First we figure the number of days between Dec 3 and Aug 8. You can count this out, or use the day numbers from the back of the Nautical Almanac—yes, there is such a table there, probably originally for this very purpose, although there are quite a bit of data in the Almanac that was at one time used frequently that we don't use much these days.



Dec 3 (day 337) - Aug 8 (day 220) is 117 days. Then 117d x 2.4/10d = 28.1s.  We read the time from the watch and add 28 seconds to get the right watch time, then we add the zone description (ZD) of the watch to get UTC. The ZD might be, for example, ZD = +4h, corresponding to EDT.

Belt and suspenders.
We are wearing the watch (watch time, WT) we navigate by, and it is set to ZD = +4.  That, by definition, means UTC = WT + 4h, assuming no watch error (WE). But we know all watches gain or lose time at some rate. In this case we know the rate is +2.4s every 10 days, and we set the watch to the correct ZD+4 time on Aug 8.  It is now Dec 3.

We did a sun sight and the WT was 18:20:05.  So we add 28s (as noted above) to get 18:20:33 on Dec 3. Then we add 4h to get 22:20:33 as the correct UTC to use when we look up data in the Nautical Almanac.

The data tables below will be updated every few days, with comments on progress. The date of last entry is given in the table.


The rates are getting better known, but still not stable.  After we see the 10d rate the same for a while we know we are getting closer.  We need to know this to the tenth of a second so we can correct the watch farther into the future. 

Now that we know they are good, we added 3 more of the F-91s (D,E,F), and started tracking them 1.79 days ago, so we will have enough calibrated watches for the backup kits.




Next time you look here there will be a new table in this space, 
which we will update every few days, with comments on progress.











Wednesday, June 20, 2018

Dip Short, Distance Off, and Running Fix

We use dip short primarily for practicing with cel nav sights on land using a shoreline of a lake or bay that happens to be too close to use, so the shoreline is blocking out the true sea horizon.  We can determine if a shore is far enough away to ignore this issue using the square root of our height of eye (HE) above the water surface.  The minimum distance for a good sea horizon is D in nmi must be greater than the Sqrt (HE in feet).  Standing on a dock with HE = 16 ft, if the shoreline I use for a horizon is 4 nmi or more away, then I can use that shoreline as if an open ocean horizon.  Nothing special would be required for cel nav sight reductions.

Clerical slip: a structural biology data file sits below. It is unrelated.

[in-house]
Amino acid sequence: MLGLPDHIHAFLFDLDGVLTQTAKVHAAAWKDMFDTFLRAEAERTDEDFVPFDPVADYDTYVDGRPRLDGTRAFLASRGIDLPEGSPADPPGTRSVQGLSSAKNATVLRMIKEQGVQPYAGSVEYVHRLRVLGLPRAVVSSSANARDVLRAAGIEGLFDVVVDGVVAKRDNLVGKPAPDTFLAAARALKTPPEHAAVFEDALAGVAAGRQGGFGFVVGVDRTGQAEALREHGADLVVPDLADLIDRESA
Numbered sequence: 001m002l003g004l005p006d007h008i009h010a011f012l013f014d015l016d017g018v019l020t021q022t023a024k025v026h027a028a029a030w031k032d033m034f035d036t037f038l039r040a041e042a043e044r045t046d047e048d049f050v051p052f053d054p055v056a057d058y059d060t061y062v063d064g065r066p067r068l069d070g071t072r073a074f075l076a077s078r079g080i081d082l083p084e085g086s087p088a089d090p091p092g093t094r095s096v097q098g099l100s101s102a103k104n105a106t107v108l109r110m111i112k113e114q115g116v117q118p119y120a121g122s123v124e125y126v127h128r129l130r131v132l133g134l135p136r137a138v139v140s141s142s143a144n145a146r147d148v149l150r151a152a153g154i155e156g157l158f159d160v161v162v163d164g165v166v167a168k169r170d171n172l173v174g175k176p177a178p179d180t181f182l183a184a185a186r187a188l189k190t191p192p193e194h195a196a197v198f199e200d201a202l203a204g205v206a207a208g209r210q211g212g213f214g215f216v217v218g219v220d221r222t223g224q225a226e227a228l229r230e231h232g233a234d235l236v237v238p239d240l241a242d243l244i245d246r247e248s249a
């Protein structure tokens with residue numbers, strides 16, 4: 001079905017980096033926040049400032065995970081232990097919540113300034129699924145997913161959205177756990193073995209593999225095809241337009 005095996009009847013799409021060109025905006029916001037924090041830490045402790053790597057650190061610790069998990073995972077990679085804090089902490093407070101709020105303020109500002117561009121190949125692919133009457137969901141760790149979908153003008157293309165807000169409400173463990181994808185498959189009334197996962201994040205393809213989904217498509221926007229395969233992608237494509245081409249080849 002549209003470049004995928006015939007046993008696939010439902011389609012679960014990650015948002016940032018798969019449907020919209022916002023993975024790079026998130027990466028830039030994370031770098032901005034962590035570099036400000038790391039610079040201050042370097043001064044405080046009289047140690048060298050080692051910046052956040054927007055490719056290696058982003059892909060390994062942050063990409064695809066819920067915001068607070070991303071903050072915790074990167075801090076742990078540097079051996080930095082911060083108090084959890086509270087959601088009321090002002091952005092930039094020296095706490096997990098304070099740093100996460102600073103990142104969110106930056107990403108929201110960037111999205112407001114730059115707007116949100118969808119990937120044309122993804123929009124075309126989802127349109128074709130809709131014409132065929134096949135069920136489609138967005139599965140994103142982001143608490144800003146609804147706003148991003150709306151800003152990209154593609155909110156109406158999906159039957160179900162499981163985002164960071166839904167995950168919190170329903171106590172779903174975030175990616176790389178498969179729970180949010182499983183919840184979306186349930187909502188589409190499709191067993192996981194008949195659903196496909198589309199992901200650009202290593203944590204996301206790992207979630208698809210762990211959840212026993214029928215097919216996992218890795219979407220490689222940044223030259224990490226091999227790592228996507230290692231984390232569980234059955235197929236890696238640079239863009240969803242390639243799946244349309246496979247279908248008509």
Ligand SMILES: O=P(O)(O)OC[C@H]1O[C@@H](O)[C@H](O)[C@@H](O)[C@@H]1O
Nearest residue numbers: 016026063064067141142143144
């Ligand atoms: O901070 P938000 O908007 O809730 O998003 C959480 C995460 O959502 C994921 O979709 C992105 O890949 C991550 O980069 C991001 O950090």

Indeed, for D > Sqrt (HE) we are not actually seeing the shoreline; the curvature of the earth is blocking it and we are seeing a true horizon.

Beyond its use in sextant practice on land, dip short remains a practical tool for the navigator's bag of tricks. It was more important to large vessels that relied on cel nav than it is to smaller ones because with a low HE you have to be right up on the land to have the shoreline blocked, i.e., at 9 ft HE you can be within 3 nmi of the beach and still get good sights using the shoreline.  On a taller ship this would be more like 5 or 6 miles.

In any event, if we have not had any good navigation for quite a while and come up on land during the night that we cannot identify, changes are we would hang out till day break to carry on.  And if the sun came up over the land as in the pic below, we would want a sun sight to start figuring out where we are, but if the shore is too close, we have to solve for dip short.

But to do this, we need both HE and the distance to the shoreline (D) which we do not offhand know so far. We do not even know what land we are up against; no chart, no info.  And that is the subject at hand: how to find our distance off in this case so we can use dip short.

Below shows the sun over the land. We are some distance off, standing at HE = 9ft and we guess we are closer than 3 nmi.  


Step 1 is take a bearing to an identifiable land mark on the shoreline. Let's say it was 347 T. This is plotted below on the same picture, but just assume you are doing this on a black sheet of paper, on which you represent the landmark as just a dot on the paper.  We choose to have the top of the page be 000T and then use any protractor to lay off the 347 line of position (LOP).